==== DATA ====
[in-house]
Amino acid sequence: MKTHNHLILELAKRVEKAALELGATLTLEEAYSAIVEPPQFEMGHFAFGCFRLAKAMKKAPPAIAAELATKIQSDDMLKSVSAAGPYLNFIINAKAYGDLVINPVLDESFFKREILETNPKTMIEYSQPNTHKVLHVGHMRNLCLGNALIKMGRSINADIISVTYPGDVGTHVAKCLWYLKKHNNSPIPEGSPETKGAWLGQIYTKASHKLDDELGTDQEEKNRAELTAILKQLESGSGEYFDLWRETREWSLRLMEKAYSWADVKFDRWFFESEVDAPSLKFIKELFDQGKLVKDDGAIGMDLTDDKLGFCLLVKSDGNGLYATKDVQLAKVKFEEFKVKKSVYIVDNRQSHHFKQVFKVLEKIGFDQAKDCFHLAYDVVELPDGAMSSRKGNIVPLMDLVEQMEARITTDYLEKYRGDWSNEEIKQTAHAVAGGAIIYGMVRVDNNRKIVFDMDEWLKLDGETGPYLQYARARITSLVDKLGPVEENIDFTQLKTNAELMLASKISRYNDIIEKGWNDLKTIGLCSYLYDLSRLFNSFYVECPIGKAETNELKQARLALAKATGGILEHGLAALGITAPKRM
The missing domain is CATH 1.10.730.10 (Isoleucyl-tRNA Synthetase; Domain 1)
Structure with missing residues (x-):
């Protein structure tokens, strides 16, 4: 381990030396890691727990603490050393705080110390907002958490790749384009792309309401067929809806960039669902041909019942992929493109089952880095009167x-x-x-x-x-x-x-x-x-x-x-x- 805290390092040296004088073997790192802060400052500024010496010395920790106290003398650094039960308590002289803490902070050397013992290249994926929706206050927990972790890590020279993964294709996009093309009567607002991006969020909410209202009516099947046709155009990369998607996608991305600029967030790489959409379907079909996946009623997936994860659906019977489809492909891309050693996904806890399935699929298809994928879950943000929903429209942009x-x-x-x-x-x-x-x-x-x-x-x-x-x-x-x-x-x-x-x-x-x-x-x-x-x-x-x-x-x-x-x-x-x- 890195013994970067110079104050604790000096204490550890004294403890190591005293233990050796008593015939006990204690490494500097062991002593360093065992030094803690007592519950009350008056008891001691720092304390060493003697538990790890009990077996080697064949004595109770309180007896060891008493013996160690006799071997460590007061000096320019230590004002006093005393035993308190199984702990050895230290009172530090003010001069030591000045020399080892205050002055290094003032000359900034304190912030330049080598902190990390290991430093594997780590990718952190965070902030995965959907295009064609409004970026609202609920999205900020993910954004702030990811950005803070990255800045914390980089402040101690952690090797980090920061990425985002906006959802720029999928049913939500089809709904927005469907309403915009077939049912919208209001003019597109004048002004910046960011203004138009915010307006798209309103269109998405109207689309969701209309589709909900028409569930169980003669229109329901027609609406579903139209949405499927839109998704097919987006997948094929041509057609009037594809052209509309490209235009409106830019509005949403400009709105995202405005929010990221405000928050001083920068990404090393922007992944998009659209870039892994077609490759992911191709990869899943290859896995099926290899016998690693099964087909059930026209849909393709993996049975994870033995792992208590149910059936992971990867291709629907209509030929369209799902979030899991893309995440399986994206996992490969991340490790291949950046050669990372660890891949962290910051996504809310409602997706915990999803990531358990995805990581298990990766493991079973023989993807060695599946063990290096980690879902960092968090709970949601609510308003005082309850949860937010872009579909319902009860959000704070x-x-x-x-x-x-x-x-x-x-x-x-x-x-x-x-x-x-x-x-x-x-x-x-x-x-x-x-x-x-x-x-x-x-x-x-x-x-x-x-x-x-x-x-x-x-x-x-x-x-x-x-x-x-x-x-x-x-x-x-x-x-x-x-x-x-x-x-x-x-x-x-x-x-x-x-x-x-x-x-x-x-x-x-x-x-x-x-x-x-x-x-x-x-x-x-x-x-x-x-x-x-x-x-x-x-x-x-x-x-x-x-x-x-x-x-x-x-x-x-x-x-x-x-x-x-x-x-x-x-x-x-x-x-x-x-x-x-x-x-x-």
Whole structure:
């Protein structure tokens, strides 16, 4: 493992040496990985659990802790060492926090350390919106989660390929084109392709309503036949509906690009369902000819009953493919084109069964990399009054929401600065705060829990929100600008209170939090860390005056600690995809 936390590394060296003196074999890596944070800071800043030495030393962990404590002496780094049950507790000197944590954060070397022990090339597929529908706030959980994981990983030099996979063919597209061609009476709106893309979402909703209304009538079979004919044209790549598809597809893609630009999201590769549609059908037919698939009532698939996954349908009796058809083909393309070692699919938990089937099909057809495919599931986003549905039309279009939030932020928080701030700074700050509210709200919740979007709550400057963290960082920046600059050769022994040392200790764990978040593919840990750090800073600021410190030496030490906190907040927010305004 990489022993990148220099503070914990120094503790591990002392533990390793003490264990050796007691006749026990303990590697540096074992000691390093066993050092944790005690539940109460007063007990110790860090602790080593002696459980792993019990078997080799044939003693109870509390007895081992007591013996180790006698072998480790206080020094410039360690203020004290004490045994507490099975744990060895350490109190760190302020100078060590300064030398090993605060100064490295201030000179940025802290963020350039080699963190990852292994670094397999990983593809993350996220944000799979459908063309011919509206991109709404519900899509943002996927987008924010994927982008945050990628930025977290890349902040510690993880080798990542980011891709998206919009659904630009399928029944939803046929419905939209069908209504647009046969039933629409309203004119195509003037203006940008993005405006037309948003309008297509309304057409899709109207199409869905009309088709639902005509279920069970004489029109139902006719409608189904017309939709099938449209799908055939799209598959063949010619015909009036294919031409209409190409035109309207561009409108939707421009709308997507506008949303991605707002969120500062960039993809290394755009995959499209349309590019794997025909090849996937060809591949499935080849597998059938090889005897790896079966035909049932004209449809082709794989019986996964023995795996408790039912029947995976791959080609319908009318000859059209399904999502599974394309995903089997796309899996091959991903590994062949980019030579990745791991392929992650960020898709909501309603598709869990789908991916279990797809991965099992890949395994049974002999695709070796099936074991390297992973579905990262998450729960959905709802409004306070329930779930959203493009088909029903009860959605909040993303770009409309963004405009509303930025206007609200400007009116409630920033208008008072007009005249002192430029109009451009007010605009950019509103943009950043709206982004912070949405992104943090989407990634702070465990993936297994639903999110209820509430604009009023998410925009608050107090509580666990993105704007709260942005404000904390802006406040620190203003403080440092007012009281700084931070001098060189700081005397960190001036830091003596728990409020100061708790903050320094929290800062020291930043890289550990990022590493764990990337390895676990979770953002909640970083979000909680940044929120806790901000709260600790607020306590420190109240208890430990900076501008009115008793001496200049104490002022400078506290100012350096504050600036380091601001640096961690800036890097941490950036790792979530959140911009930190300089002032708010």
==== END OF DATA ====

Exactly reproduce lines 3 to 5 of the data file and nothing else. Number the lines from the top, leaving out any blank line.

The missing domain is CATH 1.10.730.10 (Isoleucyl-tRNA Synthetase; Domain 1)
Structure with missing residues (x-):
């Protein structure tokens, strides 16, 4: 381990030396890691727990603490050393705080110390907002958490790749384009792309309401067929809806960039669902041909019942992929493109089952880095009167x-x-x-x-x-x-x-x-x-x-x-x- 805290390092040296004088073997790192802060400052500024010496010395920790106290003398650094039960308590002289803490902070050397013992290249994926929706206050927990972790890590020279993964294709996009093309009567607002991006969020909410209202009516099947046709155009990369998607996608991305600029967030790489959409379907079909996946009623997936994860659906019977489809492909891309050693996904806890399935699929298809994928879950943000929903429209942009x-x-x-x-x-x-x-x-x-x-x-x-x-x-x-x-x-x-x-x-x-x-x-x-x-x-x-x-x-x-x-x-x-x- 890195013994970067110079104050604790000096204490550890004294403890190591005293233990050796008593015939006990204690490494500097062991002593360093065992030094803690007592519950009350008056008891001691720092304390060493003697538990790890009990077996080697064949004595109770309180007896060891008493013996160690006799071997460590007061000096320019230590004002006093005393035993308190199984702990050895230290009172530090003010001069030591000045020399080892205050002055290094003032000359900034304190912030330049080598902190990390290991430093594997780590990718952190965070902030995965959907295009064609409004970026609202609920999205900020993910954004702030990811950005803070990255800045914390980089402040101690952690090797980090920061990425985002906006959802720029999928049913939500089809709904927005469907309403915009077939049912919208209001003019597109004048002004910046960011203004138009915010307006798209309103269109998405109207689309969701209309589709909900028409569930169980003669229109329901027609609406579903139209949405499927839109998704097919987006997948094929041509057609009037594809052209509309490209235009409106830019509005949403400009709105995202405005929010990221405000928050001083920068990404090393922007992944998009659209870039892994077609490759992911191709990869899943290859896995099926290899016998690693099964087909059930026209849909393709993996049975994870033995792992208590149910059936992971990867291709629907209509030929369209799902979030899991893309995440399986994206996992490969991340490790291949950046050669990372660890891949962290910051996504809310409602997706915990999803990531358990995805990581298990990766493991079973023989993807060695599946063990290096980690879902960092968090709970949601609510308003005082309850949860937010872009579909319902009860959000704070x-x-x-x-x-x-x-x-x-x-x-x-x-x-x-x-x-x-x-x-x-x-x-x-x-x-x-x-x-x-x-x-x-x-x-x-x-x-x-x-x-x-x-x-x-x-x-x-x-x-x-x-x-x-x-x-x-x-x-x-x-x-x-x-x-x-x-x-x-x-x-x-x-x-x-x-x-x-x-x-x-x-x-x-x-x-x-x-x-x-x-x-x-x-x-x-x-x-x-x-x-x-x-x-x-x-x-x-x-x-x-x-x-x-x-x-x-x-x-x-x-x-x-x-x-x-x-x-x-x-x-x-x-x-x-x-x-x-x-x-x-």